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Trends and Issues in Higher Ed

October 31, 2014

A classroom veteran tackling new technology

Professor of Philosophy, Lynn Hankinson Nelson, shares how she transitioned to a hybrid-online class set-up

“I encourage collagues to take a workshop. When I go, I learn, I get refreshed, I get invigorated.” Lynn Hankinson Nelson Professor, Philosophy

“I encourage colleagues to take a workshop. When I go, I learn, I get refreshed, I get invigorated.”

Lynn Hankinson Nelson
Professor, Philosophy

 

There’s a learning curve in setting up a hybrid course, says Lynn Hankinson Nelson, “especially for those of us my age, with 35 years of teaching experience. But the support is wonderful.” Nelson, who was a Teaching with Technology Fellow in summer 2013, credits the staff at the Center for Teaching and Learning, UW Information Technology, and UW Educational Outreach (UWEO), with helping her set up her first hybrid and online courses. “The UWEO Instructional Designer, Maggi Kramm, walks on water, as far as I’m concerned,” says Nelson. Here are Nelson’s suggestions for adding technology to teaching:

When creating a video, imagine you’re facing a class, not a camera: Nelson was nervous at the thought of filming a dozen videos for an upcoming UWEO online course. “I’m really camera shy,” she says. However, she says the process was easier than she’d feared, because Kramm and the UWEO videographer were so helpful and professional, telling her they could re-record any portion of a lecture and setting lights at a comfortable level. “What happened finally, with that kind of encouragement and the knowledge that I could do any lecture over, I just forgot I was speaking to a camera,” says Nelson. “I just made believe I was standing in front of 200 students, which doesn’t frighten me at all, and the muse took over.”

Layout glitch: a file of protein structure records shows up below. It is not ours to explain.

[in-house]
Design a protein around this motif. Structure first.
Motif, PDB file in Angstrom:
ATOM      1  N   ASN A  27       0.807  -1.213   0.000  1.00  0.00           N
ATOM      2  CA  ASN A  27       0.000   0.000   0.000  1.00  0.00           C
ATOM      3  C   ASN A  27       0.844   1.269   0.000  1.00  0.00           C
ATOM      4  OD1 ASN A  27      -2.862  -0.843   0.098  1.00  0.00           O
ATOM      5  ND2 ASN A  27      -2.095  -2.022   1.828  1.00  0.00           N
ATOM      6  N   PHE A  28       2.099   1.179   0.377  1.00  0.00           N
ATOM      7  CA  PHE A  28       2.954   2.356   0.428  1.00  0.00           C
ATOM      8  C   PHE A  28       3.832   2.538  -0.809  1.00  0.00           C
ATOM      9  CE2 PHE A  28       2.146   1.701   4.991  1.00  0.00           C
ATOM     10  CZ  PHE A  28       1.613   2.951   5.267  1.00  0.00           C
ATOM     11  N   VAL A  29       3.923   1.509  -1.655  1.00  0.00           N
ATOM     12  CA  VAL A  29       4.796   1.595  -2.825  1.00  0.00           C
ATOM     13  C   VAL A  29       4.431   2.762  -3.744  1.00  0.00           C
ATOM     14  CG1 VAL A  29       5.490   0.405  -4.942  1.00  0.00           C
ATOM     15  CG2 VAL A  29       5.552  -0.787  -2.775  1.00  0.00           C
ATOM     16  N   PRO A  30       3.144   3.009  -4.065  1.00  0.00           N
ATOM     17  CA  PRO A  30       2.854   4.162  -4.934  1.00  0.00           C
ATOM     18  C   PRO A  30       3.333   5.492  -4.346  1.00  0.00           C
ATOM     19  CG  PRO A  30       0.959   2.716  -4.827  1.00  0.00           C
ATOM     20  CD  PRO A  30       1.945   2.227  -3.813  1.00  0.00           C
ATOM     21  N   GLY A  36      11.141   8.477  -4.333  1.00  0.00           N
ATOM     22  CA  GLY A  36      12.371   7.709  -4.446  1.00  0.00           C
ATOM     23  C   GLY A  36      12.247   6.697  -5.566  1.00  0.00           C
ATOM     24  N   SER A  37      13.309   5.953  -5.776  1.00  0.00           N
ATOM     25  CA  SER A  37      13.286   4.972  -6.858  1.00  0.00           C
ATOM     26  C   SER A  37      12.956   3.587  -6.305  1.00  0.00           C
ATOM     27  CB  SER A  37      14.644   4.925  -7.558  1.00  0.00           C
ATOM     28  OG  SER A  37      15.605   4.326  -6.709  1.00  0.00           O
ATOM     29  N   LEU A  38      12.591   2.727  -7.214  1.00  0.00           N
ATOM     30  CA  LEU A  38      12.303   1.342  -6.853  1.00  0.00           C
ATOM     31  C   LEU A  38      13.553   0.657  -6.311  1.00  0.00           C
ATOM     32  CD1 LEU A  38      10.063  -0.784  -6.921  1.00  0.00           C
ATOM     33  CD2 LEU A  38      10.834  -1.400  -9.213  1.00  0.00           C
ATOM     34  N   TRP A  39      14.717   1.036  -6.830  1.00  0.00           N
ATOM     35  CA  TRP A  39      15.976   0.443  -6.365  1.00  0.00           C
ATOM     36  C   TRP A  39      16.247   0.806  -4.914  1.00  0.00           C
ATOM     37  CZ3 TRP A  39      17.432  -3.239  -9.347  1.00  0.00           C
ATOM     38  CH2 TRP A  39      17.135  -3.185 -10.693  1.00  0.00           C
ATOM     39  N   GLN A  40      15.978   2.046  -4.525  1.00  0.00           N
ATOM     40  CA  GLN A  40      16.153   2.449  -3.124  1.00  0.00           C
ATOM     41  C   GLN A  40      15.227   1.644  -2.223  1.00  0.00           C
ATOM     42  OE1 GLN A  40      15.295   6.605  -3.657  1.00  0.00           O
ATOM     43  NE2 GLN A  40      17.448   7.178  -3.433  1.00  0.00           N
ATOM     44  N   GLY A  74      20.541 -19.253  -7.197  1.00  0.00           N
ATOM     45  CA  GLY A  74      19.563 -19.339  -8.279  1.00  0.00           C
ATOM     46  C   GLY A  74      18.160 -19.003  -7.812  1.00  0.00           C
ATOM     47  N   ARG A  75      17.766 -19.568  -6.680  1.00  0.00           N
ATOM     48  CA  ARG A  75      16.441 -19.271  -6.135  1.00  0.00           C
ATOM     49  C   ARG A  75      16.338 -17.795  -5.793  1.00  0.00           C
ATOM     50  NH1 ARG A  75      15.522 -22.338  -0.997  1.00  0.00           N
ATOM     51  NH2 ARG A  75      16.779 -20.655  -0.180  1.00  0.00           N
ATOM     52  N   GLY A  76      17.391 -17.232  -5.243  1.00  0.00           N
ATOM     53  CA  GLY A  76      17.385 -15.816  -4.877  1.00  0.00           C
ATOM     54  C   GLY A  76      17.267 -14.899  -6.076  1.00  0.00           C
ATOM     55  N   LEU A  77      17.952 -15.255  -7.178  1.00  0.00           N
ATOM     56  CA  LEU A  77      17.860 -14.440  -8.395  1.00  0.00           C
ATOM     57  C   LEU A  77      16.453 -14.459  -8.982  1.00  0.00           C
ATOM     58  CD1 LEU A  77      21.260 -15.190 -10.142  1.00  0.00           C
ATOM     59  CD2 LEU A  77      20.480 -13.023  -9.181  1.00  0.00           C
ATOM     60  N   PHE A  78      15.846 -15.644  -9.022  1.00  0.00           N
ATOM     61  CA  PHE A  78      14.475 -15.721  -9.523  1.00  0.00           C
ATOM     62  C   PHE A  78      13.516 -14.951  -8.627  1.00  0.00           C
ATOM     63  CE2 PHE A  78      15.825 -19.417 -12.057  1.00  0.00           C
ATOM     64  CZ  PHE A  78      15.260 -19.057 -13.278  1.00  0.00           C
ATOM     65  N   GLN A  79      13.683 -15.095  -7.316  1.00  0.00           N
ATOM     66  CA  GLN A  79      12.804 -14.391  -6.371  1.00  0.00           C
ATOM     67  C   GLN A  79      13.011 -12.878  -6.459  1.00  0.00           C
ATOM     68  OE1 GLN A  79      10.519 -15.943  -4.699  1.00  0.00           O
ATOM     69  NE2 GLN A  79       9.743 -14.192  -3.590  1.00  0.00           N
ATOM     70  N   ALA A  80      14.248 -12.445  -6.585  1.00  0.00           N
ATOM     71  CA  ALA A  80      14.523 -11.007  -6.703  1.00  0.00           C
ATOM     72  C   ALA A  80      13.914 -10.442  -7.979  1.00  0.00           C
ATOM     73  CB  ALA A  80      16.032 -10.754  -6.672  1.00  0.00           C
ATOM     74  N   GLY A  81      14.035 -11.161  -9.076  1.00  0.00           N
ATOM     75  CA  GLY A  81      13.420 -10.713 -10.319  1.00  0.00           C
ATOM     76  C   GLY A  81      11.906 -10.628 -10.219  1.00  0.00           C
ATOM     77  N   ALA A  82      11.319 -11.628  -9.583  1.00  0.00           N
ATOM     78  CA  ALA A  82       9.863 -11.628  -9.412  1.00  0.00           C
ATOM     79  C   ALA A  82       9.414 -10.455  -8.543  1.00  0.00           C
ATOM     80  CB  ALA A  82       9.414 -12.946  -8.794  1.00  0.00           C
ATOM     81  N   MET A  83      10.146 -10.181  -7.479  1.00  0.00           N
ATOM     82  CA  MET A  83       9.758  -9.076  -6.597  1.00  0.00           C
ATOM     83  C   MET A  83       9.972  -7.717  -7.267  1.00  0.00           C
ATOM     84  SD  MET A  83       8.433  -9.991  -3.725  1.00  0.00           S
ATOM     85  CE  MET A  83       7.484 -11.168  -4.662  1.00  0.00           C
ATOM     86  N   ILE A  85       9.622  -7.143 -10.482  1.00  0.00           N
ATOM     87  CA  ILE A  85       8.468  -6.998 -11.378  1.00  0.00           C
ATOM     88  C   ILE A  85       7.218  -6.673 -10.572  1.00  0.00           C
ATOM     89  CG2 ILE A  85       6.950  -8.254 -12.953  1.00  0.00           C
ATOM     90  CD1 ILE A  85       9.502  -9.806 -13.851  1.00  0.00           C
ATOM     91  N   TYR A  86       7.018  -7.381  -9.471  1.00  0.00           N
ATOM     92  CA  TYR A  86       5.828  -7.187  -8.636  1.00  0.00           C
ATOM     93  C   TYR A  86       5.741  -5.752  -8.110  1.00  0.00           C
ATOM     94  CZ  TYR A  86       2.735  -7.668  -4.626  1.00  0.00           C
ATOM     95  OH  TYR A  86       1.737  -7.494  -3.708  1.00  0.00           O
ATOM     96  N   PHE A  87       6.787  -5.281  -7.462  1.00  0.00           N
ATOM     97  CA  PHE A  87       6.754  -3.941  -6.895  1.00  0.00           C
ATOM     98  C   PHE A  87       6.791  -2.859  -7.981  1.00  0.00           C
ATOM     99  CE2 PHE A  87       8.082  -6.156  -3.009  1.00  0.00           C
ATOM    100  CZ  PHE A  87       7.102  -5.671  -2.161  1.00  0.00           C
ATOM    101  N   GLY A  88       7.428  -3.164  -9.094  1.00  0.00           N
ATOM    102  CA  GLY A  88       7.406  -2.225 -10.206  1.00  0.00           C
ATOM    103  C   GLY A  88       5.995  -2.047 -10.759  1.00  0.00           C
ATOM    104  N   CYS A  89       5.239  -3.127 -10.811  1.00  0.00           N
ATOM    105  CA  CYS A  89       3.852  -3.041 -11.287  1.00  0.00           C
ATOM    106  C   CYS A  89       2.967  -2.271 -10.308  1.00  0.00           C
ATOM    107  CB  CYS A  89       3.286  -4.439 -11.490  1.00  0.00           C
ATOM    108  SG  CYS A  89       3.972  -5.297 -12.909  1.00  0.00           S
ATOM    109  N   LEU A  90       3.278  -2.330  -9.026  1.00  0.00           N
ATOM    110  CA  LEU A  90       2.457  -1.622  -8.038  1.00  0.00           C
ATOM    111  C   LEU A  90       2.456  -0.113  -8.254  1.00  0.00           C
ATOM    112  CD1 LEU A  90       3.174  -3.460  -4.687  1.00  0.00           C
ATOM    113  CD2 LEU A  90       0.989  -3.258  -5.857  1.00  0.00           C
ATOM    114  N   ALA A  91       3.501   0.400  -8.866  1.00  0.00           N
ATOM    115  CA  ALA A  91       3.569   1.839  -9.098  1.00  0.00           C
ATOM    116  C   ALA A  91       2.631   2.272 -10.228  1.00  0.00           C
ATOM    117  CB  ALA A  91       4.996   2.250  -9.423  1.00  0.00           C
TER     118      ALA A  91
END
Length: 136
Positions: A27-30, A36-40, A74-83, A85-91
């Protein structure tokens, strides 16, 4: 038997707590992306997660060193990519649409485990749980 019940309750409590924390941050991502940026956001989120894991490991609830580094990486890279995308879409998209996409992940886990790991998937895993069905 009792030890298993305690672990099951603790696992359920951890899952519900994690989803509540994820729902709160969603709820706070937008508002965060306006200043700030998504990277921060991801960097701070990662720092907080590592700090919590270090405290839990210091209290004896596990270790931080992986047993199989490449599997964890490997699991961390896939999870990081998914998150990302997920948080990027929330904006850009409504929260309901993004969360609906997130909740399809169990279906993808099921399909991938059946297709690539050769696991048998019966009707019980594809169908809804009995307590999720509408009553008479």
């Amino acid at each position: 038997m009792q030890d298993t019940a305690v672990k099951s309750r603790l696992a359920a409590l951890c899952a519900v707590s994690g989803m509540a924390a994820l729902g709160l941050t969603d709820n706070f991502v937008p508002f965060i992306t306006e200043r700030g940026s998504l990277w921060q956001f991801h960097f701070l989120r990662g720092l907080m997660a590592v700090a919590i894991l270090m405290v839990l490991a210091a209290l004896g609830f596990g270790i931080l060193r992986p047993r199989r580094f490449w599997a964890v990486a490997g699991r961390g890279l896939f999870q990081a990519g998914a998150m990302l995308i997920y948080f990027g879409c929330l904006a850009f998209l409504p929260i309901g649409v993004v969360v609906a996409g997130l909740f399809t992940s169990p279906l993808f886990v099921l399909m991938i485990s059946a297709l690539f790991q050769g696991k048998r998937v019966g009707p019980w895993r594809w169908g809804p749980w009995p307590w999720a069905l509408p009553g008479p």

Take advantage of the Active Learning Classrooms in the Odegaard Undergraduate Library: The round tables facilitate discussion, says Nelson. So do the computer screens at each table. At the beginning of class, which Nelson opens with a mini-lecture, she sends her presentation to the screens at the tables. When the class breaks for small group discussion, “the recorder for each group can link his or her laptop to the screen and take notes that are visible to the whole table so the students can edit together. When the time comes to report out, I can send the presentation from each group to all the tables,” says Nelson, adding that groups can also choose to write their report on one of the room’s orange glass walls, which function as white boards. “There’s also a microphone at each table, which can be important for students who have softer voices.”

Philosophy of Science Spring 2014 C

ACTIVE LEARNING CLASSROOMS

“The Active Learning Classrooms are just fabulous,” says Lynn Hankinson Nelson, meeting in an ALC with students in her hybrid class, Philosophy of Science (PHIL 460). “The flexibility is great. I can roll my chair from one group to another, or I can say, ‘Roll to the middle of the room, we’re all going to work on something together.’” The course meets officially once a week and a subgroup of students also meets in the room informally for additional in-person discussions.

Learn More

Read the full Provost report on how to use technology in the classroom to engage students.